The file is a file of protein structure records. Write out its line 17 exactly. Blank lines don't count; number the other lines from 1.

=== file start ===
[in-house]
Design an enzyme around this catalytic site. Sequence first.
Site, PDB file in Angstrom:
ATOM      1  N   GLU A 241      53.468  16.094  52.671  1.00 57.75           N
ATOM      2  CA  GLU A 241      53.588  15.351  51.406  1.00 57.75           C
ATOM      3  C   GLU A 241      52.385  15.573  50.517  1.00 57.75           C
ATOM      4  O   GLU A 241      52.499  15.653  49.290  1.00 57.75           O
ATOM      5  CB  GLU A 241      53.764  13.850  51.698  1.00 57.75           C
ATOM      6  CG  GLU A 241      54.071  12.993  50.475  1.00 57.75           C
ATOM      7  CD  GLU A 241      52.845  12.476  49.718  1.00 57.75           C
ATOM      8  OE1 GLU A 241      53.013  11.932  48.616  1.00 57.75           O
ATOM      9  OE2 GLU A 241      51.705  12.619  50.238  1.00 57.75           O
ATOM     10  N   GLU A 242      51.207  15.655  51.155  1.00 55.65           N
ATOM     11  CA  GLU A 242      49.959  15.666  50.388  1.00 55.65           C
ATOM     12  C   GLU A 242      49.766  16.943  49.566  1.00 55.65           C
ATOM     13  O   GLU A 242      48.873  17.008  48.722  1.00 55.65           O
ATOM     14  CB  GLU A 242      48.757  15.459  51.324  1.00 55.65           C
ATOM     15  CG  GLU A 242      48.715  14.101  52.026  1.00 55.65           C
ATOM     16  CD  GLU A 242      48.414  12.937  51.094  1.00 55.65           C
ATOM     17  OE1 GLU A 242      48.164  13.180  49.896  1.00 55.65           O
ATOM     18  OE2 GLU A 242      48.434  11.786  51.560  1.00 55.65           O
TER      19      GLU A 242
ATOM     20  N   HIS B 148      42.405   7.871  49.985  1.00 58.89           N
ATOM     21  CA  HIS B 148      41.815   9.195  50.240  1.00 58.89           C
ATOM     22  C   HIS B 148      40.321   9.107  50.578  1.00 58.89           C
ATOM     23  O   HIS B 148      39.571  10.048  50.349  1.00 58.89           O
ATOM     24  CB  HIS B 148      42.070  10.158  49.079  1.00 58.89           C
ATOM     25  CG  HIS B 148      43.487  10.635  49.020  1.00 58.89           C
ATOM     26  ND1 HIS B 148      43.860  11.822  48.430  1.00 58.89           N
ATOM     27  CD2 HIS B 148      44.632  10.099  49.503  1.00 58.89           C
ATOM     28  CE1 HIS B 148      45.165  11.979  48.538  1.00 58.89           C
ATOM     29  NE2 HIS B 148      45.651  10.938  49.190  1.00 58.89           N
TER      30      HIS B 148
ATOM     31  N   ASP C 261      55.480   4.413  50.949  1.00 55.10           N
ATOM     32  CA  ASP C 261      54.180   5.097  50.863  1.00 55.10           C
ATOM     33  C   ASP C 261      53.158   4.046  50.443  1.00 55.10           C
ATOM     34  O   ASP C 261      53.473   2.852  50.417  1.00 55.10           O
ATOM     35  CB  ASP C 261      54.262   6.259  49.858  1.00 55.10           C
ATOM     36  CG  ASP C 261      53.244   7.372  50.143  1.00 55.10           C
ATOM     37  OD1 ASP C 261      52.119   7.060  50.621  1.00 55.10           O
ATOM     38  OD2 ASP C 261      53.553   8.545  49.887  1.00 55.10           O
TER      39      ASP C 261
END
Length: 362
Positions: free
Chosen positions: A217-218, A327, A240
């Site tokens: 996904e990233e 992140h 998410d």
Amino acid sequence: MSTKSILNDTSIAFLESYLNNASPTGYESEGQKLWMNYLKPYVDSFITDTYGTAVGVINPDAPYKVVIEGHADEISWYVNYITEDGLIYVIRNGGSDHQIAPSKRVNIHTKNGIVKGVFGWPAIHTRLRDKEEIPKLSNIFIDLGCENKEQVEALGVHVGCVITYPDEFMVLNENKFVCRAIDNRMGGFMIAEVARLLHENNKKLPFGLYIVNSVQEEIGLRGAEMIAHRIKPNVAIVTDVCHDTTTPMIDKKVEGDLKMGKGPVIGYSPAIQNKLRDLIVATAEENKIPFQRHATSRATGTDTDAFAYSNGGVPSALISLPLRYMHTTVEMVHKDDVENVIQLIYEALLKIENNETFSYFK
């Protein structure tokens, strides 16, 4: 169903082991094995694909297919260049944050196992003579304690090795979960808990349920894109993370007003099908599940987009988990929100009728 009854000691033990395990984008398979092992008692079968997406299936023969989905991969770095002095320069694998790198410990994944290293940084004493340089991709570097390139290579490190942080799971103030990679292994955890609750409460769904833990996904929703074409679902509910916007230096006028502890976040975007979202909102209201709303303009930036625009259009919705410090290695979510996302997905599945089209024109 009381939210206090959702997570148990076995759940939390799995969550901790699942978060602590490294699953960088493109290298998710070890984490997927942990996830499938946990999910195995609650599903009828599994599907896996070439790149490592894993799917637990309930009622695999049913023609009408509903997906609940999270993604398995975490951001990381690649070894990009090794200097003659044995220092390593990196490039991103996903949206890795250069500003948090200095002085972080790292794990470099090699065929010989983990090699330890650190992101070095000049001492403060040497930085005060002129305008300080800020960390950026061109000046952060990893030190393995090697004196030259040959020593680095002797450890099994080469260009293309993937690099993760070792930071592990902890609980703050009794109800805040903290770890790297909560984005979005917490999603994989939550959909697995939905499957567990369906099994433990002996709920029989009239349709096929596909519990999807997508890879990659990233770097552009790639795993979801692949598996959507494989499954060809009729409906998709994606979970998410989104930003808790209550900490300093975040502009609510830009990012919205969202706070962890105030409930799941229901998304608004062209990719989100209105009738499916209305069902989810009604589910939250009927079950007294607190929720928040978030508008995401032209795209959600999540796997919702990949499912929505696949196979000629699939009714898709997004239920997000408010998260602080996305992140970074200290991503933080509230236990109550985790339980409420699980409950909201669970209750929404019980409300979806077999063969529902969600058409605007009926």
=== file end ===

ATOM     14  CB  GLU A 242      48.757  15.459  51.324  1.00 55.65           C